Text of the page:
A moment after the gunshot-like crack of the bat, he was dead.
On May 9, the 15-year-old Shoreham-Wading River student technically died while playing baseball in Rocky Point. His heart stopped when a line drive hit him in the chest. It was the worst nightmare for parents, players, coaches and everyone involved: On a Little League field meant for fun and celebration, a young life was on the verge of slipping away.
Then, an onlooker at the scene revived the player with an AED machine and tragedy was avoided.
Now, inspired by that success, members of the Shoreham Wading-River community are pushing the district to go above and beyond state requirements by purchasing more AED machines and upping regulations.
Dr. Marc Dinowitz, a Wading River surgeon, and Karen Acompora, a part-time Wading River resident who founded the Acompora Foundation after her son died from a lacrosse-induced chest injury 15 years ago, are leading a charge that Dr. Dinowitz describes as protecting “student safety.”
“What we’ve noticed is that even though the devices are technically there on [school] grounds, they’re not always with the coach or the referees or the people running the games outside,” Dr. Dinowitz said.
The two worked with athletic director Mark Passamonte to recommend the district add more than 30 machines, an investment of $40,000 to $60,000. Their chief concern is that existing machines are not accessible quickly enough in case of an emergency.
“This should be our first priority,” Dr. Dinowitz told the Board of Education at its meeting last Tuesday. “We’re behind the times.”
Ms. Acompora said all machines should be reachable within two minutes — a standard that is not currently met in all areas of the district, Mr. Passamonte said during the meeting.
“Schools have AEDs,” Ms. Acompora said. “However, they don’t have good emergency action plans … Sometimes they don’t even bring them outside to the fields.”
Currently, Mr. Passamonte explained, the district has 15 machines across all of its buildings: seven at the high school/district office or with the athletic trainer, three at the middle school, two at each elementary school and one at the Briarcliff building.
The existing machines cost about $3,000 per year for inspections, and any replacement parts are charged on top of that — though Dr. Dinowitz said batteries can last “years.” If the district were to add 30 machines as recommended, the yearly maintenance could triple.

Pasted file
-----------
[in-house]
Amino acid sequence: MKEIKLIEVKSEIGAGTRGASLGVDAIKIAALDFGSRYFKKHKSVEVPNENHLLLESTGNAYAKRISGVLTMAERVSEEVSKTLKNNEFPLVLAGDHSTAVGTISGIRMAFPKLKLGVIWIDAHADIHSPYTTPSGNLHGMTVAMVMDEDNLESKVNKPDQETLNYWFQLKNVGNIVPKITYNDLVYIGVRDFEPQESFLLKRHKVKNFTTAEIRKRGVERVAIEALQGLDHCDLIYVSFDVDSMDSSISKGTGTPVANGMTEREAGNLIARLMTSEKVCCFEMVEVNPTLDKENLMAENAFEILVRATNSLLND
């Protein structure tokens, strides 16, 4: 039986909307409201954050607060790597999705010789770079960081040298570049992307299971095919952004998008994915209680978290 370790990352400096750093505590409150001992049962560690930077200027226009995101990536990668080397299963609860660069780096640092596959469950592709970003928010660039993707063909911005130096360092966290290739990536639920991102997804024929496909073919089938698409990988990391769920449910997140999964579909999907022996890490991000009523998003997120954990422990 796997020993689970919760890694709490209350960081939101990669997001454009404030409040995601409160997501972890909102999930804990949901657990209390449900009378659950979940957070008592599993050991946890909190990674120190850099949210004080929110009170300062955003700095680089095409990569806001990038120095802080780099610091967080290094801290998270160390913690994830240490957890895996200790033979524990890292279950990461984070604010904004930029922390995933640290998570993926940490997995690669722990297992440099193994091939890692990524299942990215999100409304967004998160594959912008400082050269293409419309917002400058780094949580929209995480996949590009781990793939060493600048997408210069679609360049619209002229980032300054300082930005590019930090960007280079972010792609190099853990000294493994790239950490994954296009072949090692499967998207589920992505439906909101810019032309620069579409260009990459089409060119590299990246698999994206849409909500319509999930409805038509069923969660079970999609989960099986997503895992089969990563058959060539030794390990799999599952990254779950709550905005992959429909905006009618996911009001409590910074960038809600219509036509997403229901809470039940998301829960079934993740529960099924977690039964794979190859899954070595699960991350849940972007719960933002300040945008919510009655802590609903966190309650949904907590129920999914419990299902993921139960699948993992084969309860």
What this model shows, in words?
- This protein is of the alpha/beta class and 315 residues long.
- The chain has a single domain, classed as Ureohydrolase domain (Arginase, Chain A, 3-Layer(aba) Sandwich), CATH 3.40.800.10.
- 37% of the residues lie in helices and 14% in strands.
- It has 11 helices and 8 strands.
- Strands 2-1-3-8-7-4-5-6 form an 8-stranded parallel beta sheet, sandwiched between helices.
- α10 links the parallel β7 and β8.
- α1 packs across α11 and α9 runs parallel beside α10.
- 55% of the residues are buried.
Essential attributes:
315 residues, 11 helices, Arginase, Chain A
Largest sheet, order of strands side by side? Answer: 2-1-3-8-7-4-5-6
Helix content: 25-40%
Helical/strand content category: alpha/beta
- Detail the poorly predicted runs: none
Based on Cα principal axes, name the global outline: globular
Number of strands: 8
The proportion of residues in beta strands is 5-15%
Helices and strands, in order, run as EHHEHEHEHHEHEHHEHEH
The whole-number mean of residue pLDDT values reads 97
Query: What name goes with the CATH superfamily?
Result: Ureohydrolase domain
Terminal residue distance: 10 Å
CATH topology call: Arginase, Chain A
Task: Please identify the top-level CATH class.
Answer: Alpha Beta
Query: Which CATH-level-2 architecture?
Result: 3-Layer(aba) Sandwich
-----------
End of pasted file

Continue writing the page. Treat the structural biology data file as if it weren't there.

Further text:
District leaders are in the process of considering the push, and the school board will hear an assessment from an AED expert at the July 28 meeting.
Addressing financial concerns will be the biggest challenge, however.
Board members at last week’s meeting said they consider machines an important investment, but first they need to find funding. Due to regulations, that funding must be reallocated specifically from the equipment code.
“We have to find the money,” board president John Zukowski said. “The budget was passed, and we need to create the space to come up with the money.”
For supporters, the cost is far worth the potential.
“It’s not a big expenditure if you’re going to save someone’s life,” Ms. Acompora said. “If they can’t do all 30 AEDs, let’s start. We’ve offered to donate and there’s creative ways of funding it.”
Dr. Dinowitz and Ms. Acompora also submitted a formal “time-out” proposal to Section XI, which governs all public school athletics in Suffolk County.
Under Dr. Dinowitz’s idea, school-sanctioned athletic events would be forbidden from commencing until coaches announce where AED devices are located and who is qualified to use them.
“Only after that is done, basically assuring that the devices are ready to be used, should the games be played,” he said. “It’s a pretty simple concept and it really doesn’t cost anything.”
Dr. Dinowitz hopes Shoreham-Wading River will “spearhead” the plan and be the first district to enact such policies.
Don Webster, executive director of Section XI, said the organization’s safety committee would consider the proposal at its next meeting this fall, likely in late September or early October.
After that, it would go through the athletic directors and district superintendents, so Mr. Webster said it’s unlikely anything would be instituted before November.
Mr. Webster said the proposal has mixed chances. The component that requires coaches to list the nearest AED machine is “relatively easy” since it consists of information that could be attached to existing sportsmanship statements.
However, he was cautious when commenting on whether the organization could realistically mandate schools to add enough machines to be present at every event.
“State rule is that they have to be readily available for the person that needs to use it in any emergency,” he said. “It doesn’t say there has to be one at every single site. That would have a lot more implications from a budgetary standpoint and a logistical standpoint.”
Photo: An AED station at Shoreham-Wading River High School. (Credit: Chris Lisinski)